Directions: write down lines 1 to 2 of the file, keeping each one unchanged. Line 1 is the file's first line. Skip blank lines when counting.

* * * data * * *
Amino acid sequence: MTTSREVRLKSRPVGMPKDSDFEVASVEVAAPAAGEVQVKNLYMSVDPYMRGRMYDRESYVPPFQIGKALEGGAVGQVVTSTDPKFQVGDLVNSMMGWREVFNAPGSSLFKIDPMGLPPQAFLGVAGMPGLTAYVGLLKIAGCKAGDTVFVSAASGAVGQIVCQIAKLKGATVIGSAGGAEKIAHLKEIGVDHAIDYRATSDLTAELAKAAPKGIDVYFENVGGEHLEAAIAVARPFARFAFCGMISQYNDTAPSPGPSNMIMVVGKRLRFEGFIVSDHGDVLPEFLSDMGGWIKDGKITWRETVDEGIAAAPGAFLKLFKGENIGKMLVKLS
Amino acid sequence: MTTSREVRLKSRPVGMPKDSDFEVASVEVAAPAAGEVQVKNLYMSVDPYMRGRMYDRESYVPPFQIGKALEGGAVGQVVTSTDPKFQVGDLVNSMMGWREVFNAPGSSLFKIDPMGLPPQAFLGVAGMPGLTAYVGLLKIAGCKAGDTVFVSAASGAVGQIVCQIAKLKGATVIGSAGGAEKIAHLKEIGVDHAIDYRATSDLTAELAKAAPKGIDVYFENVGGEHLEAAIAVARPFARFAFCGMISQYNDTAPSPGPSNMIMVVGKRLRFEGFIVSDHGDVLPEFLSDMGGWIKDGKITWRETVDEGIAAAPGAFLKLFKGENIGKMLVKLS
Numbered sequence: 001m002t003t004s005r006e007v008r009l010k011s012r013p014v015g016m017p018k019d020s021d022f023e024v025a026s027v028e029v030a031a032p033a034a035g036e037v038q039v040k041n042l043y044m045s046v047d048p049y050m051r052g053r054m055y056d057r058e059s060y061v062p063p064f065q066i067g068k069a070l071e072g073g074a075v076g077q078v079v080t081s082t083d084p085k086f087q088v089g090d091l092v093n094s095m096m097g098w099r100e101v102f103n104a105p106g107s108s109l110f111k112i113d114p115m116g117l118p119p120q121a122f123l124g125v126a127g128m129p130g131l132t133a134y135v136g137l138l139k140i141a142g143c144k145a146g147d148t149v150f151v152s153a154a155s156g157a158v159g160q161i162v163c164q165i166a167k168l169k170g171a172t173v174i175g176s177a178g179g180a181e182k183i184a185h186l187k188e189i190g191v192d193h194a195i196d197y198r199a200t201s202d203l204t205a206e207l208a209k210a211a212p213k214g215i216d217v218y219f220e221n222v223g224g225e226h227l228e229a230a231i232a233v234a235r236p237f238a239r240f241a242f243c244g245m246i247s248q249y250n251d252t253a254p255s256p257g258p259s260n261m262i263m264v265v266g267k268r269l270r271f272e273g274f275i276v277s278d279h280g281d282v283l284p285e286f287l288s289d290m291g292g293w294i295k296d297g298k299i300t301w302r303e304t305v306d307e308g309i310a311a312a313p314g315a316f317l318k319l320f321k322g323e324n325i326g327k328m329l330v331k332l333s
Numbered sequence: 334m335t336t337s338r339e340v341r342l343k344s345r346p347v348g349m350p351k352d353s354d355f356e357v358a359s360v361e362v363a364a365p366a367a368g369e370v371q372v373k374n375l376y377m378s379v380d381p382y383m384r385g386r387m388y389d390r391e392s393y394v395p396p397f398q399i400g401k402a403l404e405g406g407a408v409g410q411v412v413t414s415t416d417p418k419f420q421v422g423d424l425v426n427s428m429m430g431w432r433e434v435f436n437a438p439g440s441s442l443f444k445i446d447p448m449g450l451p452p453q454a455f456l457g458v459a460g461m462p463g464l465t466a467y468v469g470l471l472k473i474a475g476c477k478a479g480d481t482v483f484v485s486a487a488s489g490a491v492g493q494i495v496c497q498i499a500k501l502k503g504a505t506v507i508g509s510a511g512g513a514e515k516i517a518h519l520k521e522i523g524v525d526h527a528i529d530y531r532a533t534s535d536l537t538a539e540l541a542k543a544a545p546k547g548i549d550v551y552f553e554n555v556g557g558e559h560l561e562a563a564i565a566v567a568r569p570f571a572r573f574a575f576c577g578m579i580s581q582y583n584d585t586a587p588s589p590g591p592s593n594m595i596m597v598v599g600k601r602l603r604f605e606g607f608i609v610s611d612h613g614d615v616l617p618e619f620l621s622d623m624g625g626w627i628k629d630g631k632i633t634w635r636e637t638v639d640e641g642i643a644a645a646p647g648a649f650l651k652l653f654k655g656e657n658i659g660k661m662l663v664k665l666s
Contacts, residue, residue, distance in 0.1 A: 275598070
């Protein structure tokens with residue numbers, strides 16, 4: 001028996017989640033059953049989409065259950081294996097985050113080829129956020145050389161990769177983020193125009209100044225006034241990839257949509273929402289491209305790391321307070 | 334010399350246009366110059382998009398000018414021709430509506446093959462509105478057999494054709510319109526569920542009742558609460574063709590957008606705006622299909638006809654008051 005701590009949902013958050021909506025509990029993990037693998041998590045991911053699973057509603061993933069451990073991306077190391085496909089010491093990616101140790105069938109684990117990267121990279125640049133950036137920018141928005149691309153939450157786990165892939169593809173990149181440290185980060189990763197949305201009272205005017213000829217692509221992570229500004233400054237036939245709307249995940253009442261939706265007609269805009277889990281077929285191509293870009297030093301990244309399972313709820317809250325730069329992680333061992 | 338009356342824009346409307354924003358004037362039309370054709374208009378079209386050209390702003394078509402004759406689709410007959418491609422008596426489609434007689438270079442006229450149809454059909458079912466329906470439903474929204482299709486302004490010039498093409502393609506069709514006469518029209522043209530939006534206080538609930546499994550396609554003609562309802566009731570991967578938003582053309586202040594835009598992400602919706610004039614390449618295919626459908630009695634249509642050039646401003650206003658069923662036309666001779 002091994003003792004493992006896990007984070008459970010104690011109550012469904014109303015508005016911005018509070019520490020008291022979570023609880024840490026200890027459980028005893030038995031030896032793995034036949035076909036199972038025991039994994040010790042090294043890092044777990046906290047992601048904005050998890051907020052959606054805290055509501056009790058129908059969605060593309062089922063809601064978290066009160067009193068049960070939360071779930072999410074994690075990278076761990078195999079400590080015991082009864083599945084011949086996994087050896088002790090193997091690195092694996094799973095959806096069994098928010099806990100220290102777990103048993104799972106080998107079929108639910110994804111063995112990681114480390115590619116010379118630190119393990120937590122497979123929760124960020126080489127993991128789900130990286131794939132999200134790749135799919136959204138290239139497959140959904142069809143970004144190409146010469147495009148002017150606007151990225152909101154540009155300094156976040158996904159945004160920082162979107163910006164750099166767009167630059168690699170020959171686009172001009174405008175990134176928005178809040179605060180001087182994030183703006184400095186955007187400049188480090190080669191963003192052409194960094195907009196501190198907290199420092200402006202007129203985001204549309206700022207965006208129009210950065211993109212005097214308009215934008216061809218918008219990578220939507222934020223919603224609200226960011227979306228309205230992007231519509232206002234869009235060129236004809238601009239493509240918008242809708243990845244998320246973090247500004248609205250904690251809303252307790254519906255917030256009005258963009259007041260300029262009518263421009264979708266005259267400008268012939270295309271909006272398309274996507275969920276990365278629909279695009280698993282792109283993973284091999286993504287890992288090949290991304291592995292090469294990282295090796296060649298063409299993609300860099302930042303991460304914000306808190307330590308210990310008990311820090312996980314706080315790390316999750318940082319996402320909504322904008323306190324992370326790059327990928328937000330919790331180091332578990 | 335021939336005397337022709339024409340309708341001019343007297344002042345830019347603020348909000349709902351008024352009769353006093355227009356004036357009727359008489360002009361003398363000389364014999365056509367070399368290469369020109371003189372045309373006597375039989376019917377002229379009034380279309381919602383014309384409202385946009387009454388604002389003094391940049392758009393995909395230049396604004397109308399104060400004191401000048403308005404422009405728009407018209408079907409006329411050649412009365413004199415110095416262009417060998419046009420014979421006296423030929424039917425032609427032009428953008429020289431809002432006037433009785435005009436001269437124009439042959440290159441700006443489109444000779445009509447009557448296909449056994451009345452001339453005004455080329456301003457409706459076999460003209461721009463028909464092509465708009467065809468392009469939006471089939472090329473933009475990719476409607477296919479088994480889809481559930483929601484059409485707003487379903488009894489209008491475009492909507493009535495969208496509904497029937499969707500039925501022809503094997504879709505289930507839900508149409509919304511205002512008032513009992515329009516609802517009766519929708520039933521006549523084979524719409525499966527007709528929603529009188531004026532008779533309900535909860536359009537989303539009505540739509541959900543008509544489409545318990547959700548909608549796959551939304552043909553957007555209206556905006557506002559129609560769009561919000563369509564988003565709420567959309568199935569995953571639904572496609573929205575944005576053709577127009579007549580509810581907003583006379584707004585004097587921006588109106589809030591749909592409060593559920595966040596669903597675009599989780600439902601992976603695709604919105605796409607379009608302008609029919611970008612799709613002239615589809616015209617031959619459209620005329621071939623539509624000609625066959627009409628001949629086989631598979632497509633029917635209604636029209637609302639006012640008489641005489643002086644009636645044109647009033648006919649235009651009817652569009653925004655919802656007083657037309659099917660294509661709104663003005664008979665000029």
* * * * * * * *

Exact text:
Amino acid sequence: MTTSREVRLKSRPVGMPKDSDFEVASVEVAAPAAGEVQVKNLYMSVDPYMRGRMYDRESYVPPFQIGKALEGGAVGQVVTSTDPKFQVGDLVNSMMGWREVFNAPGSSLFKIDPMGLPPQAFLGVAGMPGLTAYVGLLKIAGCKAGDTVFVSAASGAVGQIVCQIAKLKGATVIGSAGGAEKIAHLKEIGVDHAIDYRATSDLTAELAKAAPKGIDVYFENVGGEHLEAAIAVARPFARFAFCGMISQYNDTAPSPGPSNMIMVVGKRLRFEGFIVSDHGDVLPEFLSDMGGWIKDGKITWRETVDEGIAAAPGAFLKLFKGENIGKMLVKLS
Amino acid sequence: MTTSREVRLKSRPVGMPKDSDFEVASVEVAAPAAGEVQVKNLYMSVDPYMRGRMYDRESYVPPFQIGKALEGGAVGQVVTSTDPKFQVGDLVNSMMGWREVFNAPGSSLFKIDPMGLPPQAFLGVAGMPGLTAYVGLLKIAGCKAGDTVFVSAASGAVGQIVCQIAKLKGATVIGSAGGAEKIAHLKEIGVDHAIDYRATSDLTAELAKAAPKGIDVYFENVGGEHLEAAIAVARPFARFAFCGMISQYNDTAPSPGPSNMIMVVGKRLRFEGFIVSDHGDVLPEFLSDMGGWIKDGKITWRETVDEGIAAAPGAFLKLFKGENIGKMLVKLS